Searching for "gaming"

Serious Play Conference

Bryan Alexander’s Future Trends Forum with Guest Sue Bohle, Serious Play Conference

An interactive discussion on gaming in education
January 17, 2 – 3 PM (EST)

Sue Bohle, Executive Director, Producer, Serious Play Conference, for a lively discussion on gaming in education.

Sue is a leader in the space and has seen tremendous growth and potential of serious games in corporate training and eLearning. The interview has been edited for clarity and length.

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notes from the webinar:
i had issues connecting and the streams of the guest speaker (Sue) and Bryan will stall when each of them were talking.

examples for formally learning through games

I’d love to hear Sue chat about: Students as game authors, what do you do to encourage reflection on game events?

Dan LaSota:
Is there any intersection between “Minds on Fire” from Mark Carnes, https://reacting.barnard.edu and your conference?
Dan LaSota
To me “simulation” means some scenario that can be rapidly run again and again, with the user/player tweaking variables and seeing what happens. If it’s “fun” there is more of an intersection with games. If not so fun, it might be considered by most more of a model. Computers can and do help with the iteration process because they can reset to T=0 much quicker than human players. Although “role play” is also a kind of simulation.
Facebook group the Tribe:
Minecraft in education.
John Gould with Drexel: he is going now after the school boards about games in education
Noreen Barajas Horizon Project Director, Educause
AI book integrated in junior high Seattle Michelle Zimmerman, article in Forbes,
Keven Diel Lockhead expert on AI, military
gaming as a way to bypassing the metacognitive (thinking about thinking). Without teaching about learning. Number of libraries Nebraska State: games are developed by libraries.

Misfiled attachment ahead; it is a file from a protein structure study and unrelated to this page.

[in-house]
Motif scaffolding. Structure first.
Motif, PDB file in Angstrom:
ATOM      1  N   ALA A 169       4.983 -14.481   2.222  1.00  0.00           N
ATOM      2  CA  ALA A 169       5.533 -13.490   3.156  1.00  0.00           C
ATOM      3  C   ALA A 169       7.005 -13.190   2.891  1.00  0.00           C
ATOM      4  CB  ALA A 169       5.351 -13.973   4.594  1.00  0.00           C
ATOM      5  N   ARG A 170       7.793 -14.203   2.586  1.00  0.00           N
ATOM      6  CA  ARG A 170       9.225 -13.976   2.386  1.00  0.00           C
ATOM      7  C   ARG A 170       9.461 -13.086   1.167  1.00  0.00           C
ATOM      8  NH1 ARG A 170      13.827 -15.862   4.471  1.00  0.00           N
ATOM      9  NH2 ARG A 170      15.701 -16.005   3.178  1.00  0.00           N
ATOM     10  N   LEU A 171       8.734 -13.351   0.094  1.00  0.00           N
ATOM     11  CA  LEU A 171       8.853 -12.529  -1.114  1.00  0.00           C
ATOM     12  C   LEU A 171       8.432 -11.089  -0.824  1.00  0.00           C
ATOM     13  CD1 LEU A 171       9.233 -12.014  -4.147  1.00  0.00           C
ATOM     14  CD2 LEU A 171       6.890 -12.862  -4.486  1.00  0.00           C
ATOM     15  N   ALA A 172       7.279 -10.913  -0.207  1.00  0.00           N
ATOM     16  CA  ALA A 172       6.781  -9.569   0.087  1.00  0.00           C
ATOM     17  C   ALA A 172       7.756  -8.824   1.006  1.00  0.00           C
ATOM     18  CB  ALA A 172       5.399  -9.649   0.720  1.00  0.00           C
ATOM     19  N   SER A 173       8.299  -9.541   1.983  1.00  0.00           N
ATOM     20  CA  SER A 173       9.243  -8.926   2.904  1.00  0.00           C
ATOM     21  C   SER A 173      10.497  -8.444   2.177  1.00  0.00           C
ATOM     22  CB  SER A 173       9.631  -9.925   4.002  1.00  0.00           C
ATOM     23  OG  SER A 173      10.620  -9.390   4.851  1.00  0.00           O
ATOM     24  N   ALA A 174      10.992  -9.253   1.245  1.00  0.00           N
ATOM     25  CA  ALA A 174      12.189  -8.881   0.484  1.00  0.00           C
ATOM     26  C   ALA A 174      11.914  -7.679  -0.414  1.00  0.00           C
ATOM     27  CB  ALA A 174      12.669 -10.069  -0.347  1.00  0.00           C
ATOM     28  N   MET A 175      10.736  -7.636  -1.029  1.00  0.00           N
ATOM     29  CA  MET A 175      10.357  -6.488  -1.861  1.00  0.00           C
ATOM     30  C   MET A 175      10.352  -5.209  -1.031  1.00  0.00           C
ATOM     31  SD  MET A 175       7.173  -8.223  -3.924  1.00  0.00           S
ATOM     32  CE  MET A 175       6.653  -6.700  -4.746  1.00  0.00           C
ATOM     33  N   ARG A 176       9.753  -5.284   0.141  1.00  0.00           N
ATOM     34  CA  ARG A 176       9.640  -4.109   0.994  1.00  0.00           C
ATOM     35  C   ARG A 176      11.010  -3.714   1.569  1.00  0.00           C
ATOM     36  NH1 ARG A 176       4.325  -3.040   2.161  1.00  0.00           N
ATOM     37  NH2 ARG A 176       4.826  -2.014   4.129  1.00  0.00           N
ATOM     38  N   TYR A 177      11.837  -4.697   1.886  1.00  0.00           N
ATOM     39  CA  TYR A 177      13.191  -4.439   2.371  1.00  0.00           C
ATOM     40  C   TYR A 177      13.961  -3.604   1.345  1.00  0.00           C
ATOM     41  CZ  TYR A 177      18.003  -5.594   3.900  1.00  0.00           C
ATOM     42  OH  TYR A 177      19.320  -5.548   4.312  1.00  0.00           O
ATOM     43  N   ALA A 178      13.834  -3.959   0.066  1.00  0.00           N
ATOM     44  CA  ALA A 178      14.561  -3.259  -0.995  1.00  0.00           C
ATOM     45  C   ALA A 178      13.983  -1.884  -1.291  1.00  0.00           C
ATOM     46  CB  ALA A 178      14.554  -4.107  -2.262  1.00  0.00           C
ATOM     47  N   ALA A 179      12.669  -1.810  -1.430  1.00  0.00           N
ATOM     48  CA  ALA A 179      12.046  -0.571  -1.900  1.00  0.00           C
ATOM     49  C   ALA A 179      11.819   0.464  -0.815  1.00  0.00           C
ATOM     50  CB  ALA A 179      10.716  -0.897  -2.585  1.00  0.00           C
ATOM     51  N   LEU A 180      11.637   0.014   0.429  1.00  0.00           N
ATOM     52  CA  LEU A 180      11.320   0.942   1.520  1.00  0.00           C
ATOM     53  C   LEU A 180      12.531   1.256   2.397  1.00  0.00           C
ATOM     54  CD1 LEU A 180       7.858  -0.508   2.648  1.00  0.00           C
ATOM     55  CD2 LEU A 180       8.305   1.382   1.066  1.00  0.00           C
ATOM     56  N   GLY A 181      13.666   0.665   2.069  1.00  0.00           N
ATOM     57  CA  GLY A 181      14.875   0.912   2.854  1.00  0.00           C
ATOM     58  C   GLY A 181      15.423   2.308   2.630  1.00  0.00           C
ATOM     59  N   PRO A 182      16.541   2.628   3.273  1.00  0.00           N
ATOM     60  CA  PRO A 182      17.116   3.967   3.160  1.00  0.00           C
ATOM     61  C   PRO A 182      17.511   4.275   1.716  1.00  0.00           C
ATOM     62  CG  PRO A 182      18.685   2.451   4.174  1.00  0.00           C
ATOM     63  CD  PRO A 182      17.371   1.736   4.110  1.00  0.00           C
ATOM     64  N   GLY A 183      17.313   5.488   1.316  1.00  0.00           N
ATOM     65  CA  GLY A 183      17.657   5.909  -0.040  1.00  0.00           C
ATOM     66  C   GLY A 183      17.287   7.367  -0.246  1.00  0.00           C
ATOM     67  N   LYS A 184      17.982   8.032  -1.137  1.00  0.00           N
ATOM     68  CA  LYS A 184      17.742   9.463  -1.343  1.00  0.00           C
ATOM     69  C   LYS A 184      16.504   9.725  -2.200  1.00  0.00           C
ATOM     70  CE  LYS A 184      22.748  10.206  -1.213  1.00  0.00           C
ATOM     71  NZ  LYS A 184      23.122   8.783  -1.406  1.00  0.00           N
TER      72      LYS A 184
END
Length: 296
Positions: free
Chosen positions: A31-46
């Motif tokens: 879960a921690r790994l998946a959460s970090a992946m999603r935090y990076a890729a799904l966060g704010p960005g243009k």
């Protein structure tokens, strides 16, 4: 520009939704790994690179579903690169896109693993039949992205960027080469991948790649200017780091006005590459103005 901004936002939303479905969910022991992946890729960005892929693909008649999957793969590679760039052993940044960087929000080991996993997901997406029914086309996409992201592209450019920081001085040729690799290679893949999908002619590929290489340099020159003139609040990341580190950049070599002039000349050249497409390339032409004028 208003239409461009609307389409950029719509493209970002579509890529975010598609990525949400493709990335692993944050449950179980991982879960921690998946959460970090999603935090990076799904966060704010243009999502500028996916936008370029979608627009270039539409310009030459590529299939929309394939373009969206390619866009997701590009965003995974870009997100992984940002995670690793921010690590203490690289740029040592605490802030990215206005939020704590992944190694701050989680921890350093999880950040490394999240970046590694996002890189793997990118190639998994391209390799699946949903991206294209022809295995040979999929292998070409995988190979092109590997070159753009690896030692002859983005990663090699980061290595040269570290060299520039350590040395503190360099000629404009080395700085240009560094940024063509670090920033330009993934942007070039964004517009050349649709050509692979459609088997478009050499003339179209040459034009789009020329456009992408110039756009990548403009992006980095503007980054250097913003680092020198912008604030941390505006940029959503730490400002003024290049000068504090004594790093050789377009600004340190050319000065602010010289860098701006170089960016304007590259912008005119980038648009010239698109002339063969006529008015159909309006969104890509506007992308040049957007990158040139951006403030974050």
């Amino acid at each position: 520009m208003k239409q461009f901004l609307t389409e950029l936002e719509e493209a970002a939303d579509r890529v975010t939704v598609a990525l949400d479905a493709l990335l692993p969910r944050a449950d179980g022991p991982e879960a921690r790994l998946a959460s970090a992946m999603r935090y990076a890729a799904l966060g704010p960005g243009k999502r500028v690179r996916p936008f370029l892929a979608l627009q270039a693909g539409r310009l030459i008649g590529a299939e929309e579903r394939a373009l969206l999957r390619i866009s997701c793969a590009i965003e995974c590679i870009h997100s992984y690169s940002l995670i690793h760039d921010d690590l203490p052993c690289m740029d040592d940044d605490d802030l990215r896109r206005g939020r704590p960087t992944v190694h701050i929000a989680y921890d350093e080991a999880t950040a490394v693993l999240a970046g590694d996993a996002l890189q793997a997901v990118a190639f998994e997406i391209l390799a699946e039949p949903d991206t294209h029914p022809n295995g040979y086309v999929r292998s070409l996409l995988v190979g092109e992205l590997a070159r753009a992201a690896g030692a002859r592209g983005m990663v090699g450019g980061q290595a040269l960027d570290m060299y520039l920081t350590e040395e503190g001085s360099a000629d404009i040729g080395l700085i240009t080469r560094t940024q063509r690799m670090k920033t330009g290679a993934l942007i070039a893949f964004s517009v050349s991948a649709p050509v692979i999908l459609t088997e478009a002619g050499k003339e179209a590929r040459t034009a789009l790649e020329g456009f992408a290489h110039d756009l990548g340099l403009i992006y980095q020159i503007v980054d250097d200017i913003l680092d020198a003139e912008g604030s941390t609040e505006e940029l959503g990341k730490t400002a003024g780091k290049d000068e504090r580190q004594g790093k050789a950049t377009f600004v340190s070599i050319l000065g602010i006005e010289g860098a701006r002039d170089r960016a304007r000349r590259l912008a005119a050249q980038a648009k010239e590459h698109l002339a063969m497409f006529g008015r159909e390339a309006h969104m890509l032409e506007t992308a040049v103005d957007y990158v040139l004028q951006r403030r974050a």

Tobee Soultie gaming industry. National Intelligence Agency for first response and refurbished for teachers and bullying.
SueBohle@gmail.com

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more on Future Trends in this IMS blog
http://blog.stcloudstate.edu/ims?s=future+trends

Hololens in academic library

Blurred Lines—between virtual reality games, research, and education

http://library.ifla.org/2133/

p. 5 a LibGuide was created that provided a better description of the available software for both the Microsoft Hololens and the HTC Vive and also discussed potential applications for the technology.

Both the HTC Vive and the Hololens were made bookable through the library’s LibCalendar booking system, streamlining the booking process and creating a better user experience.

When the decision was made to bring virtual and augmented reality into the McGill University Library, an important aspect of this project was to develop a collection of related software to be used alongside the technology. In building this software collection a priority was placed on acquiring software that could be demonstrated as having educational value, or that could potentially be used in relation to, or in support of, university courses.

For the Microsoft Hololens, all software was acquired through Microsoft’s Online Store. The store has a number of educationally relevant HoloLens apps available for purchase. The app ARchitect, for example, gives a basic sense of how augmented reality could be used for viewing new building designs. The app Robotics BIW allows user to simulate robotic functions. A select number of apps, such as Land of the Dinosaurs and Boulevard, provide applications for natural history and art. There were a select number of apps related to science, mathematics and medicine, and others with artistic applications. All of the HoloLens applications were free but, compared to what is available for virtual reality, the experiences were much smaller in size and scope.

For the HoloLens, a generic user account was created and shared with person who booked the HoloLens at the time of their booking. After logging into this account – which could sometimes prove to be a challenge because typing is done using the headset’s gesture controls – the user could select a floating tile which would reveal a list of available software. An unresolved problem was that users would then need to refer to the HoloLens LibGuide for a detailed description of the software, or else choose software based on name alone, and the names were not always helpful.